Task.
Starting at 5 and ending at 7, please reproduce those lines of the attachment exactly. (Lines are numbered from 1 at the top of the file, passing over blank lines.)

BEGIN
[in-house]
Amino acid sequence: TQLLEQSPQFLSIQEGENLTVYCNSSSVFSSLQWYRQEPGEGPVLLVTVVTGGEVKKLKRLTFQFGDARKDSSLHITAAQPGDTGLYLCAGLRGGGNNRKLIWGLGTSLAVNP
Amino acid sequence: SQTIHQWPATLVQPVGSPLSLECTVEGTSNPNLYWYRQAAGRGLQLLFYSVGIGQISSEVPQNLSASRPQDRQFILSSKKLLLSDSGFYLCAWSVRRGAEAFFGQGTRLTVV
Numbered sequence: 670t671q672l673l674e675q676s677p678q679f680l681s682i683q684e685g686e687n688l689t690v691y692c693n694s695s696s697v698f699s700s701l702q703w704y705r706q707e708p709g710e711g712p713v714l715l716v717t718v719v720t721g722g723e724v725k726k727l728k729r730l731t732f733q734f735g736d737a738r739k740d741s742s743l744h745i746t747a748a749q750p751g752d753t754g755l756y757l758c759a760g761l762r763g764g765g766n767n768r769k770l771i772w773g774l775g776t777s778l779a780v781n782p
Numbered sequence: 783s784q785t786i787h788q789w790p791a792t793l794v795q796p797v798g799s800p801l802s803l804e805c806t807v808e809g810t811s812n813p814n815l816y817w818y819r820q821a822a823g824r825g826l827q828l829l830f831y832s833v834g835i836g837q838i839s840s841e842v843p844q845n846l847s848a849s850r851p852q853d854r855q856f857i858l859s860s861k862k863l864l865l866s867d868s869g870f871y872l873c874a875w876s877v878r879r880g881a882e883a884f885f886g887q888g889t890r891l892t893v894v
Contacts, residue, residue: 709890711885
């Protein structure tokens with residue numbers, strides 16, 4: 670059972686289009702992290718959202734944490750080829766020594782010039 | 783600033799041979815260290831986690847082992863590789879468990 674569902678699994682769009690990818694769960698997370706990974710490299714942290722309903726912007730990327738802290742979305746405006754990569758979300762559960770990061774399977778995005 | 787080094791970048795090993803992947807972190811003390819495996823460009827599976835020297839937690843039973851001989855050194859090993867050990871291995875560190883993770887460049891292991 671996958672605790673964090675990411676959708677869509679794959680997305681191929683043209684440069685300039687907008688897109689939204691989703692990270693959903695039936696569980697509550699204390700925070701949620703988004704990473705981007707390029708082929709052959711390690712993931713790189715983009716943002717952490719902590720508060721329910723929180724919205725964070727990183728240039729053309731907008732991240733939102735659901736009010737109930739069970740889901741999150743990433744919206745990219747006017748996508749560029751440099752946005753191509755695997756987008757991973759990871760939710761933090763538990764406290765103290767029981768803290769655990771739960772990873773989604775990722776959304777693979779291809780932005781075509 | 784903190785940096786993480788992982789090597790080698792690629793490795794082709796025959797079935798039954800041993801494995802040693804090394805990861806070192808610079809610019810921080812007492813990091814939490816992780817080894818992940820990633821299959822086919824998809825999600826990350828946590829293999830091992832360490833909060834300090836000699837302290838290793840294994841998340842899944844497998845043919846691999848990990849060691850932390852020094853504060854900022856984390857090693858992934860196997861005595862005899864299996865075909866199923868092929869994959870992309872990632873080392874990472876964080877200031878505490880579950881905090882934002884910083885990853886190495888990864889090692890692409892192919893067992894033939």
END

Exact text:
Numbered sequence: 783s784q785t786i787h788q789w790p791a792t793l794v795q796p797v798g799s800p801l802s803l804e805c806t807v808e809g810t811s812n813p814n815l816y817w818y819r820q821a822a823g824r825g826l827q828l829l830f831y832s833v834g835i836g837q838i839s840s841e842v843p844q845n846l847s848a849s850r851p852q853d854r855q856f857i858l859s860s861k862k863l864l865l866s867d868s869g870f871y872l873c874a875w876s877v878r879r880g881a882e883a884f885f886g887q888g889t890r891l892t893v894v
Contacts, residue, residue: 709890711885
């Protein structure tokens with residue numbers, strides 16, 4: 670059972686289009702992290718959202734944490750080829766020594782010039 | 783600033799041979815260290831986690847082992863590789879468990 674569902678699994682769009690990818694769960698997370706990974710490299714942290722309903726912007730990327738802290742979305746405006754990569758979300762559960770990061774399977778995005 | 787080094791970048795090993803992947807972190811003390819495996823460009827599976835020297839937690843039973851001989855050194859090993867050990871291995875560190883993770887460049891292991 671996958672605790673964090675990411676959708677869509679794959680997305681191929683043209684440069685300039687907008688897109689939204691989703692990270693959903695039936696569980697509550699204390700925070701949620703988004704990473705981007707390029708082929709052959711390690712993931713790189715983009716943002717952490719902590720508060721329910723929180724919205725964070727990183728240039729053309731907008732991240733939102735659901736009010737109930739069970740889901741999150743990433744919206745990219747006017748996508749560029751440099752946005753191509755695997756987008757991973759990871760939710761933090763538990764406290765103290767029981768803290769655990771739960772990873773989604775990722776959304777693979779291809780932005781075509 | 784903190785940096786993480788992982789090597790080698792690629793490795794082709796025959797079935798039954800041993801494995802040693804090394805990861806070192808610079809610019810921080812007492813990091814939490816992780817080894818992940820990633821299959822086919824998809825999600826990350828946590829293999830091992832360490833909060834300090836000699837302290838290793840294994841998340842899944844497998845043919846691999848990990849060691850932390852020094853504060854900022856984390857090693858992934860196997861005595862005899864299996865075909866199923868092929869994959870992309872990632873080392874990472876964080877200031878505490880579950881905090882934002884910083885990853886190495888990864889090692890692409892192919893067992894033939």